As reported in The New York Times last week, a recent study published on-line by the medical journal BMJ, says that half of American internists and rheumatologists prescribe placebos on a regular basis. Although the BMJ article did not get into the ethical issues, the Times article did:
One of the authors, Franklin G. Miller, was among the medical ethicists who said they were troubled by the results.
“This is the doctor-patient relationship, and our expectations about being truthful about what’s going on and about getting informed consent should give us pause about deception,” said Dr. Miller, director of the research ethics program in the department of bioethics at the National Institutes of Health.
Dr. William Schreiber, an internist in Louisville, Ky., at first said in an interview that he did not believe the survey’s results, because, he said, few doctors he knows routinely prescribe placebos.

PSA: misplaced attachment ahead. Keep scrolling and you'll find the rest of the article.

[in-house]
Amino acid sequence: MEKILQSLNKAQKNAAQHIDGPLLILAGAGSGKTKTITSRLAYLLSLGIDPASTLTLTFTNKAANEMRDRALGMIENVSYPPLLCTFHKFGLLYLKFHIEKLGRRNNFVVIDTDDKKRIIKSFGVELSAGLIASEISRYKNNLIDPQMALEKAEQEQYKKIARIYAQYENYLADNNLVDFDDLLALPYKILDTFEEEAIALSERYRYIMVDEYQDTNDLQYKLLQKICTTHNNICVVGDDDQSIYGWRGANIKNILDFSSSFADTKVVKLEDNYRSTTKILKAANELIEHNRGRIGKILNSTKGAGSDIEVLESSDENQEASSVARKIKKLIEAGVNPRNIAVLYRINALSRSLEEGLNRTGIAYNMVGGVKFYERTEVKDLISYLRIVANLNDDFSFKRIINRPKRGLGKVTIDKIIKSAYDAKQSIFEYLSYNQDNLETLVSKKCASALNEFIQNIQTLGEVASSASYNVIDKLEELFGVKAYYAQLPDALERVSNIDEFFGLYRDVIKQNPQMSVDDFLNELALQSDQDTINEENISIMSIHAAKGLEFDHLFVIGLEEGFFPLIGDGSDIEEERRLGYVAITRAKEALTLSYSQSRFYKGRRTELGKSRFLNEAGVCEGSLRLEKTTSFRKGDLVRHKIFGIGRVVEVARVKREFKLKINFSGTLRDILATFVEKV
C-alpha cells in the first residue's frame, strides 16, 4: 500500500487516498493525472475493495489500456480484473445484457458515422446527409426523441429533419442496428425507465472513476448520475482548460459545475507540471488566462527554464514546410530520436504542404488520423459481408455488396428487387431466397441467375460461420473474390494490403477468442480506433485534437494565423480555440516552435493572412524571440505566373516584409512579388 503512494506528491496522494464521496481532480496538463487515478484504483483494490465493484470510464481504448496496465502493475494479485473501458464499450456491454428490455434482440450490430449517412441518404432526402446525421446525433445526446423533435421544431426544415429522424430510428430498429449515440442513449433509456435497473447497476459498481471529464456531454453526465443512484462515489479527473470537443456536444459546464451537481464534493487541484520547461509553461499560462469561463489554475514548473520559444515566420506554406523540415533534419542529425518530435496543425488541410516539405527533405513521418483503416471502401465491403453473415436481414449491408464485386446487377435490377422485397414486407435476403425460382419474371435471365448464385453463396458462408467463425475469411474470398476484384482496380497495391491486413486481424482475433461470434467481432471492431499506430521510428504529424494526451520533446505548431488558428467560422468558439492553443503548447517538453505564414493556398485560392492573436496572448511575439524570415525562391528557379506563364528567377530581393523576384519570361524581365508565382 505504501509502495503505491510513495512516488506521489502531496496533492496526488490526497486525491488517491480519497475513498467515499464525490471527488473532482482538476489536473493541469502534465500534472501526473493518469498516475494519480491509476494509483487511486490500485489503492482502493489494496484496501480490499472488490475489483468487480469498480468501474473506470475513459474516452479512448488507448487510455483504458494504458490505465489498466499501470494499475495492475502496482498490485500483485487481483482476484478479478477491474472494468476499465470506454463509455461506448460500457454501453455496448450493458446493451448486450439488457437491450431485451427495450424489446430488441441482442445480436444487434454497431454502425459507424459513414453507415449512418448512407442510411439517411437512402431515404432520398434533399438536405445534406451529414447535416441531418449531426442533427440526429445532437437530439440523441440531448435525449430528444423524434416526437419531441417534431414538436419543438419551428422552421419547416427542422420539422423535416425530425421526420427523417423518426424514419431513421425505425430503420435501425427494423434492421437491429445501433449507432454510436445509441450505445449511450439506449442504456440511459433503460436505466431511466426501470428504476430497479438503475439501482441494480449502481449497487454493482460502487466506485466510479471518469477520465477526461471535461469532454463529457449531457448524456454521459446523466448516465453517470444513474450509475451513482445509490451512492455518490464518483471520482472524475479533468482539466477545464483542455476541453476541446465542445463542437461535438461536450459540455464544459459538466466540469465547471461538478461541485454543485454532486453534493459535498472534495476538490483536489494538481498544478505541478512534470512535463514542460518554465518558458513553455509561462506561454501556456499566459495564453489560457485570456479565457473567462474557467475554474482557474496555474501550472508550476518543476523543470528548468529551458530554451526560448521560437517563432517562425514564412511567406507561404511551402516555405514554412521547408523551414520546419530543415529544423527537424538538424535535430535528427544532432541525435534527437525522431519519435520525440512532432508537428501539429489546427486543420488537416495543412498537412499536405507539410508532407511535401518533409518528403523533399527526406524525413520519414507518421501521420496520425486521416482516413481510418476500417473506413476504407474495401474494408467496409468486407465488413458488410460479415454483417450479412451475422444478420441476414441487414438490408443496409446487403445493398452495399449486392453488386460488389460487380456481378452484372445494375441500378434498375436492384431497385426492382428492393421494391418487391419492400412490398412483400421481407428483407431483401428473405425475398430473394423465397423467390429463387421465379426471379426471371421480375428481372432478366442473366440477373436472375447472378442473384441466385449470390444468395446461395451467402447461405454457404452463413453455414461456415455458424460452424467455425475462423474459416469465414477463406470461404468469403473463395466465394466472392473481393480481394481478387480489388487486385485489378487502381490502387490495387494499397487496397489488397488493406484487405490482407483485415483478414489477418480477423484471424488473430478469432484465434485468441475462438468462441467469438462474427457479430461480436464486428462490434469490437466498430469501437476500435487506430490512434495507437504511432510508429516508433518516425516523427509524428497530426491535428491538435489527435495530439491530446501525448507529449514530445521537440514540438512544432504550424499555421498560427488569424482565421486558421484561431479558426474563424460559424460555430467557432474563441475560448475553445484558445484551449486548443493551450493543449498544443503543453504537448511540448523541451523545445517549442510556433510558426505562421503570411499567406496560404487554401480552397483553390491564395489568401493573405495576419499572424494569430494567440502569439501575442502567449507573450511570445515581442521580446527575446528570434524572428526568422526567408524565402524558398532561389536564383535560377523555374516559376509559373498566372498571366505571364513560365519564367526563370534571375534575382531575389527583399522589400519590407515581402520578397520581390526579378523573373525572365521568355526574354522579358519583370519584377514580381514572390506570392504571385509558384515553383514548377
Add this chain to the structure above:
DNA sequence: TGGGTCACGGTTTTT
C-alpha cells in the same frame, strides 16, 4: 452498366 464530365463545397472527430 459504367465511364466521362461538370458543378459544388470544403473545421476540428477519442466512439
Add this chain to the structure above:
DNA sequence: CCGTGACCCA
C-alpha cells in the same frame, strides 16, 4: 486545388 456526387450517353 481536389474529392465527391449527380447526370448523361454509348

But when asked how he treated fibromyalgia or other conditions that many doctors suspect are largely psychosomatic, Dr. Schreiber changed his mind. “The problem is that most of those people are very difficult patients, and it’s a whole lot easier to give them something like a big dose of Aleve,” he said. “Is that a placebo treatment? Depending on how you define it, I guess it is.”
But antibiotics and sedatives are not placebos, he said.
The American Medical Association discourages the use of placebos by doctors when represented as helpful.
“In the clinical setting, the use of a placebo without the patient’s knowledge may undermine trust, compromise the patient-physician relationship and result in medical harm to the patient,” the group’s policy states.